Lowe Level Noise

But by the time I got to Larry 7, I actually did know “how to do this!” But, damn the luck, that was the last one!

In my earlier, wistful post about ex-Sierra developers, we ended up somewhat brushing over Al Lowe‘s most recent exploits. Suitably then, Noise to Signal talked to the very esteemed game designer in an excellent, good-humoured interview last November. Last November?! Yeah – I had all but forgotten about it until I recently bumped into Narrative Flood’s recent discussion of the Leisure Suit Larry series. Though the interview is ostensibly on the longer side, it still remains a breeze to read through – and more than worth your time if you’re intrigued by Lowe’s trademark topics!

Leisure Suit Larry 2

Leisure Suit Larry 2

After all, Lowe has a fantastic reputation as a soft-spoken funnyman – with a dazzling résumé to boot. Nevertheless, having been unable to auctioneer his latest game, Sam Suede, off to publishers, the Leisure Suit auteur is now fully retired from the gaming industry. The interview thus courteously chooses to focus on themes from Lowe’s past, and that’s more than fine with us here at The Slowdown: We don’t have the “Time Machine” category for nothing!

After the jump, I’ve embellished paraphrase from the review with some commentary and tidbits of my own.

Lowe has, ever since building himself a wonderful career at Sierra On-Line (whence he was forcibly, discourteously removed), been delightfully open about whatever he happens to find wrong with the gaming industry. This makes Lowe a fun-tastic interviewee, as readers can always rely on Lowe to relay amusing anecdotes and nostalgia. This applies to this particular interview too, for much of its length is indeed spent lamenting the great decline of the adventure game.

Fortunately, Lowe has a clear-cut vision as to how things went down. For one, Lowe believes that both player expectations and qualifications have changed vastly since the 90s: “…people were used to solving puzzles. You had to be a puzzle solver just in order to get that damn DOS to work!”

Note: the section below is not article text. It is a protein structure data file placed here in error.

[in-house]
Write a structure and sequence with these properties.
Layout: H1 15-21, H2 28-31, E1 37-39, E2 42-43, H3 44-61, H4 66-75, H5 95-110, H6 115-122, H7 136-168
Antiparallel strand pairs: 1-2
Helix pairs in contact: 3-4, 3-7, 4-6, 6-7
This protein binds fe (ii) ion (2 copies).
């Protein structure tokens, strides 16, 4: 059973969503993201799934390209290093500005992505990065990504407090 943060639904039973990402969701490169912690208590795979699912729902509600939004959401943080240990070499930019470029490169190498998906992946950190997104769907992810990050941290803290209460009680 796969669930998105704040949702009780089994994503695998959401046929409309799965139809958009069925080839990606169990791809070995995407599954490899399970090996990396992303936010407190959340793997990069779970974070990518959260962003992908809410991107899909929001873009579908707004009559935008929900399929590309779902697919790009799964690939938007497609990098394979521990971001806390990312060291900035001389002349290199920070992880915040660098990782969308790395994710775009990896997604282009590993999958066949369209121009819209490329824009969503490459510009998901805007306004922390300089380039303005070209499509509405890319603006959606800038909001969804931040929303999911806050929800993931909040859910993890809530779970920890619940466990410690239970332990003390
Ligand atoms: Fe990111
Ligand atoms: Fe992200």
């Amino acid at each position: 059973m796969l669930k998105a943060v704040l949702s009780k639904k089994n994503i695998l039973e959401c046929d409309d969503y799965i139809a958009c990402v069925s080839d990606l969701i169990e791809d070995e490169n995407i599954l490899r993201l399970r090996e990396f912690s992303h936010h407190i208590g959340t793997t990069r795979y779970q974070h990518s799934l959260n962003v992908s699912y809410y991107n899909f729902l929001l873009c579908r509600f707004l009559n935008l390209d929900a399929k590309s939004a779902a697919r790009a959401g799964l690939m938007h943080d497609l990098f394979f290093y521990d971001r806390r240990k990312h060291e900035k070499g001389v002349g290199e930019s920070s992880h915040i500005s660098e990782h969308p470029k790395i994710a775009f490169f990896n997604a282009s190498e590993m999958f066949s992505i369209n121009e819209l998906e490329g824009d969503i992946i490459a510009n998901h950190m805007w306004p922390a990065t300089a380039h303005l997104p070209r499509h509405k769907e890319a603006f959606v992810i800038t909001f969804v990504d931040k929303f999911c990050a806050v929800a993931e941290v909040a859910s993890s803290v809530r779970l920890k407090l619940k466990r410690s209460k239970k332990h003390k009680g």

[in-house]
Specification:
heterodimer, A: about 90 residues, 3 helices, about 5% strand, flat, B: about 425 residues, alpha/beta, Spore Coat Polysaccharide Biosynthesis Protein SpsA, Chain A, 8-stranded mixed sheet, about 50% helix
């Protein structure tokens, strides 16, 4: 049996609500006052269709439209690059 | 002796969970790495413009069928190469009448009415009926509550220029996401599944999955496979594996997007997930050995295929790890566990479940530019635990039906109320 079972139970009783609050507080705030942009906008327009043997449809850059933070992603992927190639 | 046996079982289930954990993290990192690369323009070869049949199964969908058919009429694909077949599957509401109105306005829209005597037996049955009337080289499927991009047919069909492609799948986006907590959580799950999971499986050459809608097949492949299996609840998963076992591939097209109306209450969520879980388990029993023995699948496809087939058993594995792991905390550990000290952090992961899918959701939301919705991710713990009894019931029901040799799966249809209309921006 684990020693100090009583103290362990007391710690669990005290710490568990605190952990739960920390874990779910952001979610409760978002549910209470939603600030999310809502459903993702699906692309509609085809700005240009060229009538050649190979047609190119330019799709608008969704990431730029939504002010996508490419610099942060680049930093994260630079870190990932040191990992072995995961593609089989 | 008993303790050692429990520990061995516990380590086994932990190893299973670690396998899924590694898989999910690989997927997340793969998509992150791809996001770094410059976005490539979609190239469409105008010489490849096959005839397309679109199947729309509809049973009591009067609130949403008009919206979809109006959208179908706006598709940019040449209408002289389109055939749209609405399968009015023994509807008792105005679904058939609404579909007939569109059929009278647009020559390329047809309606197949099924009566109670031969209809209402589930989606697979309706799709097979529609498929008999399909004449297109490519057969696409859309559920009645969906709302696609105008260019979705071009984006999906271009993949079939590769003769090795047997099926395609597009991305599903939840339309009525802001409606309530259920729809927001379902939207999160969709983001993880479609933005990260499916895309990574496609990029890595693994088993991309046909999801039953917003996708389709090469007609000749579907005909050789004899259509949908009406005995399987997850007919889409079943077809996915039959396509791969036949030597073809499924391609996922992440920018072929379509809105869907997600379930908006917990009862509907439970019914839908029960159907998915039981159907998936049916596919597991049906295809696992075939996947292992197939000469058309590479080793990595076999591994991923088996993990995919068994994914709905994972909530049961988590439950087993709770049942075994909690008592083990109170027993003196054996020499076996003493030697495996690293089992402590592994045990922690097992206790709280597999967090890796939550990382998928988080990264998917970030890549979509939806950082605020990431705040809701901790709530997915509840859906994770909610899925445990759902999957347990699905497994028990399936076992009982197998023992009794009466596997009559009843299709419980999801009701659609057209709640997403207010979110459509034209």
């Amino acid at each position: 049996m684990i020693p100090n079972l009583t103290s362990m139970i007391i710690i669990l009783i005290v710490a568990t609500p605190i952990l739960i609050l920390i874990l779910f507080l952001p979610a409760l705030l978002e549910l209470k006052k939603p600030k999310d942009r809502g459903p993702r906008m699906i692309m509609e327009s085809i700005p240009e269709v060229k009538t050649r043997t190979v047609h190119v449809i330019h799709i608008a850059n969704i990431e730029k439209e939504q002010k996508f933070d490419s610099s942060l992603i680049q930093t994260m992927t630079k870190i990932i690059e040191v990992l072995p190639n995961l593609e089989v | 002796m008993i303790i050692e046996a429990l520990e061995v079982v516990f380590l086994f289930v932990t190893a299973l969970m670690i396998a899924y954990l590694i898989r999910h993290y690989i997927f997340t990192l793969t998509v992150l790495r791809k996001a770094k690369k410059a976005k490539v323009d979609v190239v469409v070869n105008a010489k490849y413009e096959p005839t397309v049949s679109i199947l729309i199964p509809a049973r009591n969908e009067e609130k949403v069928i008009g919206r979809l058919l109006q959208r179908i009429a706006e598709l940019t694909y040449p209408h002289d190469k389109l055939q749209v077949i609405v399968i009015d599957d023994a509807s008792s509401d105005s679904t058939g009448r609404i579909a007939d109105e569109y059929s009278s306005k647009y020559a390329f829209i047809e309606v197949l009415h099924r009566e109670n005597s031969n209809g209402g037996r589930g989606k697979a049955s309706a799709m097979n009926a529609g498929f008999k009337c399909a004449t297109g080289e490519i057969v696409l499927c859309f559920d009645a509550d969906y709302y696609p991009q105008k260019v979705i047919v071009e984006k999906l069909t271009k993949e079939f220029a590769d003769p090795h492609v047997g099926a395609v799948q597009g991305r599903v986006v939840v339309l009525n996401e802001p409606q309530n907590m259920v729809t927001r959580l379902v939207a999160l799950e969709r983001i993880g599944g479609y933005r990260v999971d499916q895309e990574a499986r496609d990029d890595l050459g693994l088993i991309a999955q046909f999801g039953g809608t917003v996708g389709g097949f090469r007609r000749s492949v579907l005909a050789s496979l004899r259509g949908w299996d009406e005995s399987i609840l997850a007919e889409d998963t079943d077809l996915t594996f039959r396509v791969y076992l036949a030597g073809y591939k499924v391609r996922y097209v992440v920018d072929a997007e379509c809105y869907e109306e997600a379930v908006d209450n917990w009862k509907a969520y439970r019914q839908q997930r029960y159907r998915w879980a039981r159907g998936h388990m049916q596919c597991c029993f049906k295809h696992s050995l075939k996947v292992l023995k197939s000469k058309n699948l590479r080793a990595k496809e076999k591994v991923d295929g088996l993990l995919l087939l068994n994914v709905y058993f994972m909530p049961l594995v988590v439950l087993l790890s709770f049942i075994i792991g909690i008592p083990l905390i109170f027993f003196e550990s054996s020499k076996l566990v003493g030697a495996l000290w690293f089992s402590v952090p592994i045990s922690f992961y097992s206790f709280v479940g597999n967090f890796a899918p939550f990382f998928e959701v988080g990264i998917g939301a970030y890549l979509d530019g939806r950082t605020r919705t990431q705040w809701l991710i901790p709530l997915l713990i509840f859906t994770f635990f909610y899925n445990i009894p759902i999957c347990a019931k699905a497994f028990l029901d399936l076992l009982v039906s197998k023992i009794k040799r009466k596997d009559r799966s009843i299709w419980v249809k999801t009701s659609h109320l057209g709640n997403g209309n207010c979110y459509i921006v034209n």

Leisure Suit Larry 3

Leisure Suit Larry 3

He also pinpoints a more paradigmatic shift in the marketing and sales sectors: Bigger budgets, fewer hits and a focus on triple-A. Repeat after me. Lowe, however, prided himself in stringently keeping to his allotted budgets, and always sought to “…do something that won’t cost a lot of money but will sell enough that Sierra will make some money on it and I’ll make a little money on it, and then we can all do it all over again. But at the end of the adventure game business, that was lost, that philosophy went away.”

Lowe also emphasises the importance of the role Ken Williams, then-CEO of Sierra played in the business: “In the old days, Ken Williams was a committee of one. He’d strive to find a niche that wasn’t filled.” Roberta Williams actually echoes a very similar philosophy, in speaking of The Colonel’s Bequest:

I always like to look and see what people aren’t doing, what needs to be done to be different, unique, plus areas that people obviously have an interest in.1

Winnie the Pooh

Winnie the Pooh

Lowe also touches on difficulty level, a Sierra touchstone back when LucasArts games seldom allowed players to die, and states that “Of all the Sierra games, and of most adventure games, my games were always the easiest.” Indeed, and it’s very easy to forget that the father of Larry also has an impressive pedigree of children’s games too: Winnie the Pooh, Mickey’s Space Adventure and Donald Duck’s Playground are all available free of charge on Lowe’s site.

He also touches on the way he designed games:

“…made lots and lots of lists; lists of embarrassing situations that I could put him in, lists of jokes that I thought would be funny, and lists of things I could do that we hadn’t done before. And as they occurred to me, I’d build lists of special animations, sound effects, dialogue and jokes.”

These “lists” are intriguingly available in the game design section of his personal website. It contains documentation to Leisure Suit Larry 5, 6 and 7, Freddy Pharkas and Torin’s Passage, among others. These are important, intriguing points of comparison seldom available to other developers. I highly recommend to take a look if you’re even the littlest bit interested in game design; the documents contain some surprises indeed.

Leisure Suit Larry 5

Leisure Suit Larry 5

Finally, Lowe also discusses the oh-so-skewered public perception and marketing of the Larry series – a phenomenon, perhaps, that these latter-day “Larry” games, Magna Cum Laude and Box Office Bust, have now turned into a self-fulfilling prophecy: “…the packaging at least always promised much more sex than was actually in the games.”

I’ve explicitly paraphrased much of the interview now, but I hope you’ll still take a look at the interview in its entirety at Noise to Signal!

  1. 1989 Autumn Sierra News Magazine (PDF) []

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